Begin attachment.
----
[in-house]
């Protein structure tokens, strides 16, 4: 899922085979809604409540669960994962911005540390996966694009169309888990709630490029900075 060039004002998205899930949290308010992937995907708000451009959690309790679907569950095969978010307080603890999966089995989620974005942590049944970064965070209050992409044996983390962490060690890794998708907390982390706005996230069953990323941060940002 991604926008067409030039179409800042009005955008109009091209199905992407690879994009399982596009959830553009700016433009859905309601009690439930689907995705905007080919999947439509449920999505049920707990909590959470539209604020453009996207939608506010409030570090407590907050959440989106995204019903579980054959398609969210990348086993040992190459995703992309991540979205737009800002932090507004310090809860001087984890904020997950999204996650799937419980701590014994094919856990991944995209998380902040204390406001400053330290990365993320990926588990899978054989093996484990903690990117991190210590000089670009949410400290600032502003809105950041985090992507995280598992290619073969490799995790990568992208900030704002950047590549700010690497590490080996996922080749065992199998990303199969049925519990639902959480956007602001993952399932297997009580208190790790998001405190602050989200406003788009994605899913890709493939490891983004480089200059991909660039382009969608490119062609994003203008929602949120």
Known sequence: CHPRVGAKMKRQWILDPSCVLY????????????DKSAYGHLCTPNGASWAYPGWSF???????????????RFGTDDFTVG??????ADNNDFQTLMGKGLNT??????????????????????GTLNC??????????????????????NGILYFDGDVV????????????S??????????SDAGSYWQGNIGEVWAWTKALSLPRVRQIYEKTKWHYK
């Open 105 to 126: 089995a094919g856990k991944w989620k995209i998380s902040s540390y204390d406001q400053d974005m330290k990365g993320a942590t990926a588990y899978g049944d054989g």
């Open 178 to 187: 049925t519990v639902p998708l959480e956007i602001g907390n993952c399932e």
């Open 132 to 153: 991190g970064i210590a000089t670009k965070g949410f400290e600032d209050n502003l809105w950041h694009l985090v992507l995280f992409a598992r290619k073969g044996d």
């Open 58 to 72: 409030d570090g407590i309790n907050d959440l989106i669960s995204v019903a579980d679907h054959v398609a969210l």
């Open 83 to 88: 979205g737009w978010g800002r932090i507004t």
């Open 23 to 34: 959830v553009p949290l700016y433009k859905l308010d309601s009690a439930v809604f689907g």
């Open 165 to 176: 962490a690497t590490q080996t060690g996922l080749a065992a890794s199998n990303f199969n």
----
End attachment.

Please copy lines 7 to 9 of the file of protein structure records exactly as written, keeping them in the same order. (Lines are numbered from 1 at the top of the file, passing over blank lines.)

């Open 58 to 72: 409030d570090g407590i309790n907050d959440l989106i669960s995204v019903a579980d679907h054959v398609a969210l």
């Open 83 to 88: 979205g737009w978010g800002r932090i507004t």
């Open 23 to 34: 959830v553009p949290l700016y433009k859905l308010d309601s009690a439930v809604f689907g």